Because professionally I’m a marketing guy, I think marketing thoughts from time to time. Like today, after writing some print ads, I started thinking about spokesmen. When was the last time you bought anything because a spokesanything asked you to? Did you buy OxiClean because of Billy Mays or in spite of him? Does the endless splicing of Subway B-roll featuring Blake Griffin, Apolo Ohno, Justin Tuck et al. give you the hankering for a Spicy Italian, or does it make you think, “This is cheesier than a Meatball Marinara”? What’s that you say? Victor Cruz gives you the urge to buy Chunky Soup? Really? Who’s next on the list of shark-jumping NFLers to queue up for Campbell’s? Jabar Gaffney?
I ask because in the course of cleaning out our storage room over the weekend I remembered the rush to spokesmen that took place once Upper Deck hit the card market in 1989. Prior to that there were no trading-card spokesmen. Topps was fine standing on proverbial streetcorners and yelling, “Hey kids! Get a free baseball coin in every pack!” Fleer was full-speed ahead with its innovative distribution system involving horse-drawn wagons and out-of-work icemen. And Donruss – at that time part of General Mills – was just trying to stay out of Cheerios’ way.
Upper Deck was all about spokespeople at athlete involvement from the getgo. One of its founding partners was superstar Angels pitcher DuWayne Buice. Almost as soon as the ink was dry on the contract Reggie Jackson was UD’s first celebrity shill. Then it was Ken Griffey Jr., and the spokesman thing was full-on.
Magic Johnson became the NBA Hoops guy. Wayne Gretzky did the dirty for UD Hockey. Michael Jordan took the cash for Upper Deck Basketball. Joe Montana became the advocate of choice of every would-be Upper Deck with a solvent checkbook. We had receptions with David Robinson, walkabouts with Brett Favre, Q-and-As with Health Shuler and Rick Mirer, meet-and-greets with Shawn Respert, and even a tennis match with Franco Harris, which brings me to this little corner of heaven.
Ever since its Westport, Conn., days Pinnacle had a thing for Franco Harris. I’m not precisely sure why, though this smaller voice in the back of my head says in a grating East Coast accent that Pinnacle’s boss at the time, Dan Shedrick, had some mystic connection with Harris that reached back as far as the brawling hills of western Pennsylvania.
When Pinnacle got a football license, its first spokesman was Franco Harris. Bart Oates was his backup, and that same yawping voice in the back of my head says it was because Oates and Shedrick were neighbors. Gee, what if Shedrick had lived next door to Neal Guggemos? The world might be a different place.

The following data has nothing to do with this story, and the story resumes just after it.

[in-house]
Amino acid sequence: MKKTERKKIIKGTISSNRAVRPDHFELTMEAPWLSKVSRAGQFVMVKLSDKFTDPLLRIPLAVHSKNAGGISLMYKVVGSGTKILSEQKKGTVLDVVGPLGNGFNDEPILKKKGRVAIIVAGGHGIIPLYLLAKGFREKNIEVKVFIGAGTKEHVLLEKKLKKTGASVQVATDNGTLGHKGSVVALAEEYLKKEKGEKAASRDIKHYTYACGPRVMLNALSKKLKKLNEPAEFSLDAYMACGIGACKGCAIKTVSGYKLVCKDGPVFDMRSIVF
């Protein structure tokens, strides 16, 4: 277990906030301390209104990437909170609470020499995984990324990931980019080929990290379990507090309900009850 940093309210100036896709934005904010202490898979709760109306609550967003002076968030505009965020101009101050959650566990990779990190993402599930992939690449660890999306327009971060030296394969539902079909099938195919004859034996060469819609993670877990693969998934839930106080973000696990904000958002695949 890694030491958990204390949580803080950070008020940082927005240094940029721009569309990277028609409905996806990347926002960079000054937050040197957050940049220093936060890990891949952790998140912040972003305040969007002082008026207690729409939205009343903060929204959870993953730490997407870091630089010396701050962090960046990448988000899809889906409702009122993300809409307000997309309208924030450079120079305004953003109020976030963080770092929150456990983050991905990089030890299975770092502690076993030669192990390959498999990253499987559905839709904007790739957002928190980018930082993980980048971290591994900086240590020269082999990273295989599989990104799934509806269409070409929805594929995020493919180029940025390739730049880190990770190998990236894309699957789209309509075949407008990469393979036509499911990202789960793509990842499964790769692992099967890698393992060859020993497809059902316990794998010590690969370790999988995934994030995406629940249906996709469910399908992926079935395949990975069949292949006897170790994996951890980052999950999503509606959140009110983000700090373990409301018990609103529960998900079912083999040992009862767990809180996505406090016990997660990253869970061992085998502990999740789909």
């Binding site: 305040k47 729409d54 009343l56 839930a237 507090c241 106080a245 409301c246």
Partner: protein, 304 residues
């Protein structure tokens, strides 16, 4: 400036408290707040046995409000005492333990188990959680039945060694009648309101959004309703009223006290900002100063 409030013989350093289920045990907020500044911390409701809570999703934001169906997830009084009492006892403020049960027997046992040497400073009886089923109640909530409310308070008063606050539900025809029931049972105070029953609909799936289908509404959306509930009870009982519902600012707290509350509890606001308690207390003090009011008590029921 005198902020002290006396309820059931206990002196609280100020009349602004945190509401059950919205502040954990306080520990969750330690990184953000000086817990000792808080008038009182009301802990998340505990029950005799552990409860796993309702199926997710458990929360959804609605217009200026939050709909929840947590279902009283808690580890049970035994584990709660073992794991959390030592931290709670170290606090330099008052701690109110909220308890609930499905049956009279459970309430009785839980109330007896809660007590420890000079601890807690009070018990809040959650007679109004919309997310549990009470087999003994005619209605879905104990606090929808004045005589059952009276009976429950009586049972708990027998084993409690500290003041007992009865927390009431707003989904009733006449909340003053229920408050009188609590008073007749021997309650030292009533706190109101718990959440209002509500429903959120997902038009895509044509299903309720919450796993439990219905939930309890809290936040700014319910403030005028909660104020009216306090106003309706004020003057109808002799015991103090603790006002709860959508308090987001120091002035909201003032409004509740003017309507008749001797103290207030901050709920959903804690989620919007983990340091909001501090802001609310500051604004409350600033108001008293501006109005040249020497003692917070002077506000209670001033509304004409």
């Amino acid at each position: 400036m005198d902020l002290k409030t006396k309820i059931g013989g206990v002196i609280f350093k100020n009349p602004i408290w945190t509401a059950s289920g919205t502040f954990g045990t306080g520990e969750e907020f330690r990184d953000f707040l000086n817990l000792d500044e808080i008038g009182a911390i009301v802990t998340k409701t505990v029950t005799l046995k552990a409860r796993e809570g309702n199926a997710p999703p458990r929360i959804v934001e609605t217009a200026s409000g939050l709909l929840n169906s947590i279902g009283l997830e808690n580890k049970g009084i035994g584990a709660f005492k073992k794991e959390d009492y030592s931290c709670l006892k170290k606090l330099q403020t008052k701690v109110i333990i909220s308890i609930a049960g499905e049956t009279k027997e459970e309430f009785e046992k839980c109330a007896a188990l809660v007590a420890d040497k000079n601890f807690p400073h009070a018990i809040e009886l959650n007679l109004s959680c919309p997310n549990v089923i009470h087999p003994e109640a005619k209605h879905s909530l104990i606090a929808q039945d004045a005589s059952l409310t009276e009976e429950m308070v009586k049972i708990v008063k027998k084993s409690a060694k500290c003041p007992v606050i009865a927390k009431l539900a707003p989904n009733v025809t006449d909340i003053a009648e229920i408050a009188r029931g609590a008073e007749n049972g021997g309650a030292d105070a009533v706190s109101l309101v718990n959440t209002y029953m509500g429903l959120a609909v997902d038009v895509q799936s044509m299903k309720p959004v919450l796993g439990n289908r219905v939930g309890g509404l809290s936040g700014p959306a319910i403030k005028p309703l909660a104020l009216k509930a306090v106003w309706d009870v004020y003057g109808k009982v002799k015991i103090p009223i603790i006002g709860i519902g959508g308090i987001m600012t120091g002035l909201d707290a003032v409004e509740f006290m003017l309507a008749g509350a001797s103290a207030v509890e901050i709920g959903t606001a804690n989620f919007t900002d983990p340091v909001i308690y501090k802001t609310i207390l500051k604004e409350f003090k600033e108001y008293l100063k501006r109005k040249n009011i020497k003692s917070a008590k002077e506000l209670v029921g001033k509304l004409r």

Harris was the front man for Pinnacle football and I was a card journalist in lush Iola, Wis., so when the Super Bowl and its attendant Pekingese-and-Percheron show came to the Metrodome in 1991, Shedrick invited myself and my tennis-playing colleague, Don Butler, to meet them in Minneapolis for a doubles match.
You need to know that Don Butler is about five-foot-four and an absolutely insidious tennis player. He’s the sort of opponent you hate because he takes all your powerhouse drives and 100-mph smashes and turns them into lollipop cuts or well-angled side-spinners that force you to start the process over again, and then he makes you repeat that until you skull one or collapse from exhaustion. With me the skulling always comes first.
So it was the loose cannon and the sniper versus Shedrick and Harris, in a sort of mini-Metrodome tennis court at an athletic club somewhere in downtown Minneapolis. Shedrick played country-club doubles sans the white cable-knit sweater around his neck, and Harris played the ball like it was Charles Romes, meaning he saw it coming and promptly angled for the sidelines. He also had a surprisingly meek serve for such a big guy, a little cutter that was no trouble to return.
In fact, the more we played against Shedrick and Harris the more disappointing it became. Here was a genuine legend who for so many years on so many NFL fields had run out of bounds at the first hint of contact, playing junior-high-school tennis alongside the third runner-up, D Flight, in the Westport Country Club’s Spring Tennis Fling.
And we stunk, too. It was about the worst match Don and I ever played together, so the scores were – we’ll call them even. Both sides demanded a rematch but it never happened.
Harris soldiered on as the face of Pinnacle football for several more years, and when Pinnacle landed an NHL license, he was joined by two of the sport’s youngest guns – first Eric Lindros, he of the cleft chin, unrealistic expectations and recurring head injuries, and then Alexandre Daigle, of the 129 career goals and toothpick-diametered extremities. That unusual and unholy trinity were commemorated on this exhibit-sized Pinnacle Power card given away – in its own velvet-lined pouch, no less – by Pinnacle to showcase its holofoilish technology and celebrate one thing or another.
Spokesmen still swarm over the card business, sorry to say. Panini prominently features Kevin Durant, Blake Griffin, and Kobe Bryant on its website; Topps bandies about Yu Darvish, trying to land that multicultural vote; and Upper Deck has its usual stable of big names. There’s still no proof that any of them by themselves, exclusive of autographs and special subsets, have sold a single extra card, but that’s marketing for you. Never simply sell the product when you can spend lots more money to oversell it to no one in particular.
Maybe it’s time to dust off the wagons and thaw the icemen. Whaddya say, guys?
 My forge not being sufficiently hot to hammer out some greaves and cuirasses.
 The shortened version of “spokesmen, spokeswomen, spokescats, spokesdoughballs, and spokesovenmitts.”
 Which are definitely no laughing matter.